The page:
The amount of time that an Ethernet controller will back off is dependent on many factors. Simply stated, a retransmission delay time is randomly selected between zero and some upper limit (usually the amount of stations that are allowed on the network). This number is then multiplied by a second number known as the slot time. The slot time is typically slightly larger than the time it takes to transmit a 64-byte data frame. This product, known as the real time delay, is the amount of time that an Ethernet station will back off before retransmitting.

FIG. 2, illustrates a block diagram of the hardware that is currently used to implement the backoff algorithm in a controller that follows the IEEE 802.3 protocol. The hardware includes: backoff state machine 23, randomizer 24, wait time counter 25 and slot time counter 26. At the end of enforcing a collision (jamming), randomizer 24, which comprises a 17 bit linear feedback shift register (LSFR) and a masking window, chooses a random integer (r) in the range 0<r<2k, where k= min(n,10). The number generated by randomizer 24 is then loaded into wait time counter 25. Concurrently with selecting and loading the random number into counter 25, backoff state machine 23 sends signal 27 to enable slot time counter 26. While in Backoff, wait time counter 25 is decremented after the clocking of each slot time interval, as determined by slot time counter 26. When wait time counter 25 reaches zero counts, backoff state machine 23 enables the station's network controller to attempt retransmission of the data frame.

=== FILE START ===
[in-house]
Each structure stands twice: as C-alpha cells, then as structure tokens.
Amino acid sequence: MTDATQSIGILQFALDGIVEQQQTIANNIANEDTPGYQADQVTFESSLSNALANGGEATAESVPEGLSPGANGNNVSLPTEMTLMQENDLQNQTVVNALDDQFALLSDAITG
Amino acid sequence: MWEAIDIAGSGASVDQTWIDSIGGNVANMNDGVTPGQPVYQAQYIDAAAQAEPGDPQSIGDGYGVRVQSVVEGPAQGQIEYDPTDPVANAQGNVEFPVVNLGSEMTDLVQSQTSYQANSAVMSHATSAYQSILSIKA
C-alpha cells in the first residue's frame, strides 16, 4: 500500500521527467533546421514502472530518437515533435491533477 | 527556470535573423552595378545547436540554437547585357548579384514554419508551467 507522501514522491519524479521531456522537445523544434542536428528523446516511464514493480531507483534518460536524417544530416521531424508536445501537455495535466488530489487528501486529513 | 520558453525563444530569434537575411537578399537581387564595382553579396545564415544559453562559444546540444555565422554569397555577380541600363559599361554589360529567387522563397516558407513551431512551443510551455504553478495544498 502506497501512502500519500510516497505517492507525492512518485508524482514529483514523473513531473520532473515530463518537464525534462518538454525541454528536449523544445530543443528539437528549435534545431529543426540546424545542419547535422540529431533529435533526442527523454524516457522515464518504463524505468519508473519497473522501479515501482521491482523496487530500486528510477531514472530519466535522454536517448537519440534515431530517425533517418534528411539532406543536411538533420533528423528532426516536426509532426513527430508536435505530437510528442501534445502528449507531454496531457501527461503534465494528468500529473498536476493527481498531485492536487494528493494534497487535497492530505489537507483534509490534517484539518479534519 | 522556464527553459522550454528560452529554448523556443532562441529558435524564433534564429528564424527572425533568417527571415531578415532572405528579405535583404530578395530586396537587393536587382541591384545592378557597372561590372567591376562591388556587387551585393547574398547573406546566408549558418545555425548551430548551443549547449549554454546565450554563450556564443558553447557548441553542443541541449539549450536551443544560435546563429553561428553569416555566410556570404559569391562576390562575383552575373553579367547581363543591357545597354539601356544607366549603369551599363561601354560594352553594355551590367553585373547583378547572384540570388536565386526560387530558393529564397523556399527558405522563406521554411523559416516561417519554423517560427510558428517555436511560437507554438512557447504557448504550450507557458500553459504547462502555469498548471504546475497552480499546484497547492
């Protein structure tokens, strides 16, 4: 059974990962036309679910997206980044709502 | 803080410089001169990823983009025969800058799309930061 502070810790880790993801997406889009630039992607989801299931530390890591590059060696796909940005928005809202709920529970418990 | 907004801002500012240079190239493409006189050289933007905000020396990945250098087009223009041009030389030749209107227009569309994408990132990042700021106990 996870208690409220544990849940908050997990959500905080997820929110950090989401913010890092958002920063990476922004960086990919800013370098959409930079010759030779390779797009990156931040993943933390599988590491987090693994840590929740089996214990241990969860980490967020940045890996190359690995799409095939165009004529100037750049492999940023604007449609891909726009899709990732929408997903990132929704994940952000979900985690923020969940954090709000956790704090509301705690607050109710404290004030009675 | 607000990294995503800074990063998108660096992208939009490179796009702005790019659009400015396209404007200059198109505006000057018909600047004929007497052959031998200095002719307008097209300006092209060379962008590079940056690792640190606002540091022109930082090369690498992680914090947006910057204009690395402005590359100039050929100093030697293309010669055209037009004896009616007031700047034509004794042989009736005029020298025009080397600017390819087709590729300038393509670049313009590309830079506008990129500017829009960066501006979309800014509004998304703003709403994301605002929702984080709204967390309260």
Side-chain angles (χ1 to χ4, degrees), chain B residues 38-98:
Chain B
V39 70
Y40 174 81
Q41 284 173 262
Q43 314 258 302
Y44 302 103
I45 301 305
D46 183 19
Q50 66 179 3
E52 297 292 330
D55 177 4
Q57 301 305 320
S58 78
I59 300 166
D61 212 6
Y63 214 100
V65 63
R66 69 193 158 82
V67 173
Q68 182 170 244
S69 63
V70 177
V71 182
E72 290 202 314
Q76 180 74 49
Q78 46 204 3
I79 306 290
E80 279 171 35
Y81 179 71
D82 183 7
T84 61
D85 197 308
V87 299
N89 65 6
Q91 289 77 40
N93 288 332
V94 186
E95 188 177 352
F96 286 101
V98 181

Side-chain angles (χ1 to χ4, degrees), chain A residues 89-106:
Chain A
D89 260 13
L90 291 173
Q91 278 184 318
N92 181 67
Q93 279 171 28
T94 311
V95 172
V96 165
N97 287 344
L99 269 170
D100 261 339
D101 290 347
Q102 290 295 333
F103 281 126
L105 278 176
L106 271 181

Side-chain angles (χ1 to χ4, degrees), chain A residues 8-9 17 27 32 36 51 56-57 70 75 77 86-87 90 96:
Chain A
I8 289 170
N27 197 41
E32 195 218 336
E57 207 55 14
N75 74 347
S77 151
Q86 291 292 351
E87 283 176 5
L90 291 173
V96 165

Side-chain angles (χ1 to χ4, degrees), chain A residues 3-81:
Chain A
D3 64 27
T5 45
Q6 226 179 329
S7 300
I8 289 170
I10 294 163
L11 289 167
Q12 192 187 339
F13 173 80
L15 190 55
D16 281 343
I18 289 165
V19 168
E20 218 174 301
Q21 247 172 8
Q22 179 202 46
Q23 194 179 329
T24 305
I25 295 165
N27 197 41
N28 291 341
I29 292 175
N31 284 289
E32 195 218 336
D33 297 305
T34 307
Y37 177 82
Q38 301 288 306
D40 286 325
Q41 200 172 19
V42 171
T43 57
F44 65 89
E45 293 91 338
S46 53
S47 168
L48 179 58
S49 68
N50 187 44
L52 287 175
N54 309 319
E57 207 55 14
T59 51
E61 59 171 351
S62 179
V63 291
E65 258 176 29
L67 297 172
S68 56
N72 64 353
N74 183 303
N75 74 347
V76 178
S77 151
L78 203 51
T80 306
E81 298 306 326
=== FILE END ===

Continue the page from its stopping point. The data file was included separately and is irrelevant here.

In accordance with the IEEE 802 standard, a station may attempt to retransmit a data packet for a maximum number of 16 times before the transmission of the data packet is aborted. After each attempted retransmission, randomizer 24 generates a new random number, r. For example, after the first collision is detected the LSFR implements a primary polynomial by sampling the 10 least significant bits into a register. Random number, r, is then generated by masking all but the least significant bit. If a second collision is detected the LSFR again samples the 10 least significant bits into a register, however, random number, r, is selected by masking all but the two least significant bits. After a third collision is detected all but the least three significant bits are masked. This process continues until the tenth collision where none of the bits that are loaded into the register are masked. As a result, the amount of time that a station backs off after each collision increases exponentially between the first and tenth collision.

As previously discussed, although the present method of solving collisions in an Ethernet system is well established, it can sometimes produce additional collisions, and as a result, reduce the overall network throughput. For instance, if a station that was not involved in a collision begins to transmit after a collision has occurred and the frame being transmitted is larger in bit-times than the backoff time that remains to count on two or more of the collision participants that are in Backoff, another collision is likely to occur on the network cable. The reason for this is that two or more of the collision participants will have exited Backoff and begun deferring during the transmission of the data frame. Consequently, those stations will stop deferring and immediately begin to transmit data frames/packets at the same time when the network cable goes quiet.